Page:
- App that allows teachers to remind students of any materials they need to bring to class
- App that delivers the best cat videos of the day to students for viewing before class
- App that annoys you if you try to do anything but homework while the app is running
- Mobile app that allows you to take pictures of people around you, find their name and Facebook stalk them
3. Ideas Chosen For Prototyping
My favorite ideas were the app to digitize textbooks and the app to let students know where their friends are sitting.
I liked the textbook app idea because sometimes I wish I had my a few chapters of my textbook as a reference before or during class, but I hate having to carry a heavy textbook around.
I liked the find your friends app because a student could determine where their friends are sitting ahead of time, and if a student is late to class they can go straight to where their friend is upon entering the hall without having to spend time looking around.
4. Photos & Descriptions of Prototypes
Prototype 1 – Book Digitzer
Prototype 2 – Friend Seat Finder
5. User Testing
User testing was done with the textbook digitizing app.
Testing was conducted with four users in various locations: two eating clubs, a room in Frist, and a dorm room. Users were all seniors majoring in Physics, Computer Science, or Ecology and Evolutionary Biology. Users were given a brief description of the app’s purpose, but no instructions on navigating the interface.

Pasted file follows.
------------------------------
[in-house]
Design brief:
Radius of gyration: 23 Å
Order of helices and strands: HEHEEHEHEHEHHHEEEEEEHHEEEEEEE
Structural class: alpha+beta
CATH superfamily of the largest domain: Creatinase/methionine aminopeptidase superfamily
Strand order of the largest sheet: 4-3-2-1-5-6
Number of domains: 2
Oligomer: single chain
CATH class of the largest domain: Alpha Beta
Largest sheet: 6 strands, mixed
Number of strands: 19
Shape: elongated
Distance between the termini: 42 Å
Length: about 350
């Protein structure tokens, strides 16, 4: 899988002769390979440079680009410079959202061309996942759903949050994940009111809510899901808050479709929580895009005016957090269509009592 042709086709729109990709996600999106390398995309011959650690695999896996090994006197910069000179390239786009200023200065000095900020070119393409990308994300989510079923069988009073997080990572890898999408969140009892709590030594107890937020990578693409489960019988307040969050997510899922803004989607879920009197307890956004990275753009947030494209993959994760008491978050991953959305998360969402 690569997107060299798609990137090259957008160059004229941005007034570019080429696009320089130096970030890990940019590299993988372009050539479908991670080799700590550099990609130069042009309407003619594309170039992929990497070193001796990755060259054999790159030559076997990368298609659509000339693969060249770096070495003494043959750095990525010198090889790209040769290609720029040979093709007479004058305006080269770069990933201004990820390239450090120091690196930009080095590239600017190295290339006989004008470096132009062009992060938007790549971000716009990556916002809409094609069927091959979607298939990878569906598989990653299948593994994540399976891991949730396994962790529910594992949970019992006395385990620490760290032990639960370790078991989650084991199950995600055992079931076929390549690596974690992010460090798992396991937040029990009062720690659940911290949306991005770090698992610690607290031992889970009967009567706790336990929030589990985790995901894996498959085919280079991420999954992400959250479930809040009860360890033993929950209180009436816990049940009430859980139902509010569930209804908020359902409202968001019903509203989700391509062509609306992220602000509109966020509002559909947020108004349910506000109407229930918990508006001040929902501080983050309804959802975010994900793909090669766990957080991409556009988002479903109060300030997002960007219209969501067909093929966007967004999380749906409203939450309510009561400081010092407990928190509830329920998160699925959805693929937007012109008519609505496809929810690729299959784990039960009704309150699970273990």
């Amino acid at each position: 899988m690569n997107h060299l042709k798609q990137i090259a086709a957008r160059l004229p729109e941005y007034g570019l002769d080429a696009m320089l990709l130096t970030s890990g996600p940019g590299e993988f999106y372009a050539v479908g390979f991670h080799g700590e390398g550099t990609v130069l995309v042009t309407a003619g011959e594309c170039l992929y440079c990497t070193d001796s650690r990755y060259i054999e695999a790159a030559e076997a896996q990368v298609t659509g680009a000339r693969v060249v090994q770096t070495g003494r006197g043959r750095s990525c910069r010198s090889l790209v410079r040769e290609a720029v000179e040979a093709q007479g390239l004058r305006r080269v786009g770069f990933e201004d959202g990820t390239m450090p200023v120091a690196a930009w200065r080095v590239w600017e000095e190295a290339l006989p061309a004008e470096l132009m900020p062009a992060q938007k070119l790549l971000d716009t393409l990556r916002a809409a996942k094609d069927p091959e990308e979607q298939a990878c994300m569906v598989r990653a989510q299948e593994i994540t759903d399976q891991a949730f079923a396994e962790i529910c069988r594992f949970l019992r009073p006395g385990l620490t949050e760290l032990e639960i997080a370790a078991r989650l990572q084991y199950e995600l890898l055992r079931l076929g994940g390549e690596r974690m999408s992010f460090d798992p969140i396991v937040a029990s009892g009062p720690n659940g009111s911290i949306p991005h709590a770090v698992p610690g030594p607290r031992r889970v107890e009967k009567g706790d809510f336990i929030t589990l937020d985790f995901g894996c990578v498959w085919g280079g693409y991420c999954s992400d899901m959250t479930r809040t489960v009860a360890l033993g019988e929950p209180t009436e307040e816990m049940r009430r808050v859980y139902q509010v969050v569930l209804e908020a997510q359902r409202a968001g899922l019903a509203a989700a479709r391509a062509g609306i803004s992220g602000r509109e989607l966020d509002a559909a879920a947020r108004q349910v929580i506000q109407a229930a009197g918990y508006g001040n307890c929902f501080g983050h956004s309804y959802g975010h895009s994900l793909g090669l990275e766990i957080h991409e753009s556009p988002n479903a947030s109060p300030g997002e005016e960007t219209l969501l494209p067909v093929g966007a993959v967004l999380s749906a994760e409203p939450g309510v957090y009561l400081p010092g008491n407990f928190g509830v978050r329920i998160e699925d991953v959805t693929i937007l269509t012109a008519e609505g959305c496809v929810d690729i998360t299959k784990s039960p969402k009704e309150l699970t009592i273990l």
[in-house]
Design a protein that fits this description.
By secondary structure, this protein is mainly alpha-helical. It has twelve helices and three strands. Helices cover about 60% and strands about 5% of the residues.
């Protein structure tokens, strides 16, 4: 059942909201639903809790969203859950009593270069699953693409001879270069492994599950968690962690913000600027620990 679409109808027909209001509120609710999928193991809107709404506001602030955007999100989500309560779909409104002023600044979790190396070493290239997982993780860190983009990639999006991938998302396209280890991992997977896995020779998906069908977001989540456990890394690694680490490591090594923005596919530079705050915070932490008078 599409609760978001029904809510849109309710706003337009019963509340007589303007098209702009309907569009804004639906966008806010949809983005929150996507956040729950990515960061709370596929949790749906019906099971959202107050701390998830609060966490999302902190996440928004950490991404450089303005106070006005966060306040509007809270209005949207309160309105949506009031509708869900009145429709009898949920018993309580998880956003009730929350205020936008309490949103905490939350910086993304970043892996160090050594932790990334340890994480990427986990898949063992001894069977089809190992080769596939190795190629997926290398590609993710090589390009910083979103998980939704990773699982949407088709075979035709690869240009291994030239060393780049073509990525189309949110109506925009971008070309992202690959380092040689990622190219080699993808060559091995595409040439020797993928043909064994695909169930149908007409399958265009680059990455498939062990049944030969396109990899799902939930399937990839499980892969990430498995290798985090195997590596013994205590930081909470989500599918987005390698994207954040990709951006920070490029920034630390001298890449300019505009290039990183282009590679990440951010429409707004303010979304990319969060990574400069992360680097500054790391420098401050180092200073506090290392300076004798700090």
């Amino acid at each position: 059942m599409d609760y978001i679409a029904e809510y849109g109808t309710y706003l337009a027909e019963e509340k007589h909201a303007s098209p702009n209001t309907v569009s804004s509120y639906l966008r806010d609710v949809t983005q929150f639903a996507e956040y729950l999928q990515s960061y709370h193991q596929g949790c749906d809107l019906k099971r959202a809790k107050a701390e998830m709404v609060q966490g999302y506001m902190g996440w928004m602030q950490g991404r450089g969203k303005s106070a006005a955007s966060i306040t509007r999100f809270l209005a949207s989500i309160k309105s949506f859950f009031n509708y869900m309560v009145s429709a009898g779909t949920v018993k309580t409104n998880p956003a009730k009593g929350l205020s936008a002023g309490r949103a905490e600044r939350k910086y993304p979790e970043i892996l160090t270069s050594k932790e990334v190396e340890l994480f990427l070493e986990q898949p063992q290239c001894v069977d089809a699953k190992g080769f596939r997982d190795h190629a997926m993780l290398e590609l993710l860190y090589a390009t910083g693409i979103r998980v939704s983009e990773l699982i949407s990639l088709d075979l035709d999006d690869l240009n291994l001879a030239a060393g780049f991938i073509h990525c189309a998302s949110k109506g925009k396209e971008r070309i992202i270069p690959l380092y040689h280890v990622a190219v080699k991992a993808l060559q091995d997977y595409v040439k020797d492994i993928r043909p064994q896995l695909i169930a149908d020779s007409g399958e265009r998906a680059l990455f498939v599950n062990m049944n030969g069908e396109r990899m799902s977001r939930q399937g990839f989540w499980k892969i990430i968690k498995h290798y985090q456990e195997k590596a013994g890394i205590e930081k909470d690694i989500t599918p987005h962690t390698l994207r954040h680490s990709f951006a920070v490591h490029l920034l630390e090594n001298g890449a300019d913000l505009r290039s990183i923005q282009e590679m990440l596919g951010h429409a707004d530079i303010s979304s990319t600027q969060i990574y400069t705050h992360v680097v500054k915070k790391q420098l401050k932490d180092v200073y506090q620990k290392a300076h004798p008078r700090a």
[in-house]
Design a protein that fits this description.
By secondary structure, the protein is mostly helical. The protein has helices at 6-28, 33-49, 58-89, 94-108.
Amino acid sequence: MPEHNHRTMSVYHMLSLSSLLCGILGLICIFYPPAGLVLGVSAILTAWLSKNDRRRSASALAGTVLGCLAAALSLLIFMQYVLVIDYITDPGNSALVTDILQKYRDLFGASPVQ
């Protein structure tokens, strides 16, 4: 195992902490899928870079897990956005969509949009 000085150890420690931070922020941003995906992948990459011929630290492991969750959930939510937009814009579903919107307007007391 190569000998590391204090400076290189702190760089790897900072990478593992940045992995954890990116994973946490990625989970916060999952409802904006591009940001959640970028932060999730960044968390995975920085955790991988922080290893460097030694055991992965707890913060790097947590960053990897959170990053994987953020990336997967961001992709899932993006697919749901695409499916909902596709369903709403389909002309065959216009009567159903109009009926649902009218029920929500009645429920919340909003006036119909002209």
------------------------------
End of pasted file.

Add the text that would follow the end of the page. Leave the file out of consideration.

One user noted that there are apps similar to this, such as Genius Scan. However, it was noted that this app would also do optical character recognition and index terms to allow for advanced search capabilities.
Overall, users navigated successfully through the interface and used the prototype for its given purpose. Some users were confused as to what some of the screens were – for example, the screen that allows users to read through the textbook.
One user was confused by one of the buttons – the add new book button in the first screen – saying the design reminded them of the Red Cross.
Most of the confusions regarding the screens of the prototype seemed to be limitations of the prototype as opposed to a flaw in the app design itself. Perhaps text labels for each of the different screens will make it clearer to the user what the desired purpose of the particular screen is, although if used in an actual app I believe the screen’s purpose would be readily apparent.
The confusion over the button design may stem from the low-fidelity of the drawing and could possibly be mediated by ensuring there is corresponding text with every button.
A tutorial may also be helpful in reducing confusion of the user.
Most of the interface of the prototype is similar to countless other apps. The target market for this app, college students, are mostly familiar with smartphone apps. The test users are all college seniors from a variety of majors, so they are most likely a good representation of the target demographic. Their success in using the app shows there is a high probability that the target demographic will be able to successfully use the app.